John Cena Called Out Batista
All it took was an inadvertent punch to jump-start one of the most anticipated rivalries of the modern era in WWE. Who knew? Seriously, that was lame. I understand why they did it, but it felt forced to transition from Cena's loss to JBL at The Great American Bash to this. I know they would bring up their meteoric rises later on, but why not mention that here to add to their already brewing bad blood? This segment set up the night's main event as well as gave viewers a hook in regards to who the new general manager would be.
Santino Marella and Beth Phoenix def. D'Lo Brown and Kelly Kelly
Well, it didn't take long to establish Brown as just another undercard talent. It was great to see him back beating Marella the week prior, but in losing here in throwaway fashion, it was evident he wasn't re-signed for anything major. That said, Marella and Phoenix were a fun pairing as Glamarella. They didn't start calling themselves that in this match, but the seeds were planted for them to become a cohesive unit before long.
World Tag Team Champions Cody Rhodes and TEd DiBiase def. Jerry LawLer and Michael Cole
"Hacksaw" Jim Duggan was originally scheduled to be Lawler's partner, but the new general manager replaced Duggan with Cole. I think this might have marked Cole's debut match in WWE, but that's all that was worth noting about it. Obviously, Lawler did most of the work for his team before Cole accidentally tagged himself in and was then subsequently pinned by Rhodes. I assume the purpose of this was to get heat on the heels, but the crowd actually cheered when Cole got tagged in so they could see him get beat up. So, that didn't work.
Intercontinental Champion Kofi Kingston def. Jamie Noble (Non-title)
Noble's storyline at the time was that he wanted to prove himself to Layla, so he called out the Intercontinental champion here. I've expressed my thoughts on this in the past, but it's a shame WWE wouldn't let Noble be the wrestler he was instead of a comedy act. This was a nice little match while it lasted yet not remotely close to what it could have been because of its brevity.
World Heavyweight Champion CM Punk def. William Regal (Non-title)
I remember holding out hope for Regal to return from his suspension as the new general manager, but no such luck. That said, having him back in a wrestling role was the next best thing, and I'm glad Punk was his first opponent. They worked so well together and Regal was absolute vicious in his assault on the world champion, even going so far as to bust him open (this must have been right before they officially went PG). Punk barely scored the victory by hitting his finisher out of nowhere, but Regal looked excellent in defeat.
Chris Jericho Hosted the Final Edition of The Highlight Reel
Jericho went all the way with his heel transformation by ditching everything that made him likable, including The Highlight Reel. That was brilliant. He could do no wrong at this time and this phenomenal promo was another example of that. I also loved how he said he was every bit as worthy of a contender to the World Heavyweight Championship as anyone else considering how he "ended" the career of Shawn Michaels.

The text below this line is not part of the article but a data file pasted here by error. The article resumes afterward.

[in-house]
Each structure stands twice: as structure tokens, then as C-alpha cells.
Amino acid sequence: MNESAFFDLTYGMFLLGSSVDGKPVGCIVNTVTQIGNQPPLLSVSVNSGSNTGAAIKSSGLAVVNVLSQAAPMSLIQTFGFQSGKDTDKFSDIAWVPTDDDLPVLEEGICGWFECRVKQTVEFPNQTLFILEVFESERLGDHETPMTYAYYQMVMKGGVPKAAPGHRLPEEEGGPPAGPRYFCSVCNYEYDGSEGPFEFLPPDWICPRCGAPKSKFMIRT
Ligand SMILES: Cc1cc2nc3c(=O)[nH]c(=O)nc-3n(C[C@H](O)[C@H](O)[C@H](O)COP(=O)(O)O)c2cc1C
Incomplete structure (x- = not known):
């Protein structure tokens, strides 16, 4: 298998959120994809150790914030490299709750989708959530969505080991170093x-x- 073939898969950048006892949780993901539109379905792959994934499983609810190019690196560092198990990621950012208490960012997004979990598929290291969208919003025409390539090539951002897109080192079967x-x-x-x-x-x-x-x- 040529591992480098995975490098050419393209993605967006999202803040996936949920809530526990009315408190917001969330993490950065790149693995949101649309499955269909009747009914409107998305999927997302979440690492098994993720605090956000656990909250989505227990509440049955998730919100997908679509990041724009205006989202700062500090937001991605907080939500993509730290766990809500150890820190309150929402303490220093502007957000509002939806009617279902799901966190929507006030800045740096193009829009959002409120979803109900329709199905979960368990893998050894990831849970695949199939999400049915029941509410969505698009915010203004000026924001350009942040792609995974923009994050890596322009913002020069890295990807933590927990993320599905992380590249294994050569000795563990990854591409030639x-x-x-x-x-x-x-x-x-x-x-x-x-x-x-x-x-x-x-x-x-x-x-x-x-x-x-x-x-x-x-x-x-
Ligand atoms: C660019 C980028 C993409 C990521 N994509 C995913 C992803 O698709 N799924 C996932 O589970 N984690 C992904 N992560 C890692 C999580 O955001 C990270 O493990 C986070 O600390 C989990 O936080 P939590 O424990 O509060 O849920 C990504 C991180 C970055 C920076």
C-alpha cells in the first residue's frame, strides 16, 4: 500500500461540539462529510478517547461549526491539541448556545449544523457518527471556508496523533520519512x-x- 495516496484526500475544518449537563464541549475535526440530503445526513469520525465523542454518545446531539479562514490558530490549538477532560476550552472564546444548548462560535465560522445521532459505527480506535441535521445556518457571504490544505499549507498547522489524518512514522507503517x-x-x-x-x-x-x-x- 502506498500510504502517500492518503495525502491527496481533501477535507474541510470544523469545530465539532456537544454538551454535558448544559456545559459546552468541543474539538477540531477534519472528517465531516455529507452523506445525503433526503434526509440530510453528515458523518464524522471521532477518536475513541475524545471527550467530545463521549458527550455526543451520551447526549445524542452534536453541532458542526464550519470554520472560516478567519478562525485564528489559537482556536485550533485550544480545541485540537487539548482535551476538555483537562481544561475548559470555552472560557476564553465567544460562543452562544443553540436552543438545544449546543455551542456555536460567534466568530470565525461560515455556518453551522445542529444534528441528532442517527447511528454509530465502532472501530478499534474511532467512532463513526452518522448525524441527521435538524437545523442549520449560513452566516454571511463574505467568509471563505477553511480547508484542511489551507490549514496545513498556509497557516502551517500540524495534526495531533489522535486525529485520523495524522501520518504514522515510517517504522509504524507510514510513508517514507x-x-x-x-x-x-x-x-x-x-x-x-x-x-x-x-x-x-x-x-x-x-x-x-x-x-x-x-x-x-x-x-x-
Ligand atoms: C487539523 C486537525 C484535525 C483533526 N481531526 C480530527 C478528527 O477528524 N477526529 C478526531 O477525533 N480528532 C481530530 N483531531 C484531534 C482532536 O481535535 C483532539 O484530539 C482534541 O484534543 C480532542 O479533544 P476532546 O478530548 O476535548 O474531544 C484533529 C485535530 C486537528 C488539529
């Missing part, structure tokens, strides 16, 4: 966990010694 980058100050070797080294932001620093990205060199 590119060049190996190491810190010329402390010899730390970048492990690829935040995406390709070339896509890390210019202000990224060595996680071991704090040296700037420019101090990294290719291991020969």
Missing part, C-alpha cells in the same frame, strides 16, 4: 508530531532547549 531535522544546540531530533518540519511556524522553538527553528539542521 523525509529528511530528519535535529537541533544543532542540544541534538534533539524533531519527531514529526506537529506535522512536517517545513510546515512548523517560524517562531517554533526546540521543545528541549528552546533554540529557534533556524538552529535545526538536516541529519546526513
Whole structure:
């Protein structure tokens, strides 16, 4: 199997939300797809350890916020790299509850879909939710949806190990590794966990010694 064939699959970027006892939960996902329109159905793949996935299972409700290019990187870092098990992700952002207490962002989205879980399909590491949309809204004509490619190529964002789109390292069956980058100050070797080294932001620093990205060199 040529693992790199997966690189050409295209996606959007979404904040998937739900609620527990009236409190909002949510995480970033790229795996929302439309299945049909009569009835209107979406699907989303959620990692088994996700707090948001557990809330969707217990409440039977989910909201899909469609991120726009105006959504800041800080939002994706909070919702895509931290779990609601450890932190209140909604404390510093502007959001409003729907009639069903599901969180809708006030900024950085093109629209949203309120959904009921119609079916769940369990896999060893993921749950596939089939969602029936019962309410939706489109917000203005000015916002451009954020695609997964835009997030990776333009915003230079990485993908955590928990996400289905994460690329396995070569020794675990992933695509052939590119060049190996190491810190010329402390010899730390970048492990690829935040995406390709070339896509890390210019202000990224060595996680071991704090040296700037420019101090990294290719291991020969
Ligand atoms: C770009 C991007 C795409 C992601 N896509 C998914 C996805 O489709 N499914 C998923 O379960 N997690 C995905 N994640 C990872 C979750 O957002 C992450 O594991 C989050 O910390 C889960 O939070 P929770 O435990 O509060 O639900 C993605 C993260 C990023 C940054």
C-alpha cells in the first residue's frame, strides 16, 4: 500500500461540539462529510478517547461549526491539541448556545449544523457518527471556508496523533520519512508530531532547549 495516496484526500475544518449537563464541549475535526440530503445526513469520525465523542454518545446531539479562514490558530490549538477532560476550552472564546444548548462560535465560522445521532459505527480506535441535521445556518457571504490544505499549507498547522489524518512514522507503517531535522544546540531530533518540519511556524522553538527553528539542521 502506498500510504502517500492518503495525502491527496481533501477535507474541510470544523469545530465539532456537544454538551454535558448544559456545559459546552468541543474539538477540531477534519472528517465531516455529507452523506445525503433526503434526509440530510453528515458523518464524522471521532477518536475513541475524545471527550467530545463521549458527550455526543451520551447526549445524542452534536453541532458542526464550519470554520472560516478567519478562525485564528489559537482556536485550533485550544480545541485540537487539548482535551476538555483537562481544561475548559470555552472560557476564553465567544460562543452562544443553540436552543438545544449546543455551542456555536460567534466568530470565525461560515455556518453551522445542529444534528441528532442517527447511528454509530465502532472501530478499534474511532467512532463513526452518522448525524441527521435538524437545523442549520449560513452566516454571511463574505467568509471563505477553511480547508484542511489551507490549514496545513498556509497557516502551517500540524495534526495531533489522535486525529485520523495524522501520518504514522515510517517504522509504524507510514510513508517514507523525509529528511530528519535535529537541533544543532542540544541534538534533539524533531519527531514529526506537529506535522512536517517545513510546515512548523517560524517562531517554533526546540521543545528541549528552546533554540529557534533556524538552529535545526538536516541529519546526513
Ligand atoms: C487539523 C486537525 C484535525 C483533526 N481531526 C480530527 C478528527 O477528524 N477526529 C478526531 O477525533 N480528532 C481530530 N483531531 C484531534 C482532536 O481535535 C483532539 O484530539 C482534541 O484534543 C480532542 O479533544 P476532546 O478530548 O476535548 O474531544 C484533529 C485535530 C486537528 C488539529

Women's Champion Mickie James def. Jillian Hall (Non-title)
We had seen this match multiple times in the past, so this was nothing new. That's not to say it was bad, though, because it was fine for as long as it lasted and James was able to hit her signature spots and go over in decisive fashion. The primary focus was on what happened afterward with Katie Lea laying out James in front of her father. That made up for Paul Burchill not attacking Kingston earlier in the evening.
John Cena and Batista def. Kane and JBL; Mike Adamle Was Revealed as the New Raw General Manager
Cena and Batista were forced to coexist here against two common enemies in Kane and JBL, so at least the match had a solid story. It was a formulaic tag match otherwise, but it succeeded in what it set out to do. I wouldn't have beaten Kane so easily considering he had just returned to relevancy, but that's merely nitpicking. And then came the announcement of Adamle as the new Raw GM. Admittedly, he was better in that role than he was as a play-by-play commentator, but it made for one of the most lifeless endings to Raw I have ever seen, and the Cena vs. Batista SummerSlam news should have come with more fanfare given how historic it was.
The entire show was built around who the new general manager would be and the games he was playing with the roster, and the payoff in my opinion was not worth it at all. This edition of Raw did feature a newsworthy SummerSlam announcement, Regal's return, and an exceptional promo from Jericho, so it was an entertaining evening on the whole with a lousy and disappointing conclusion.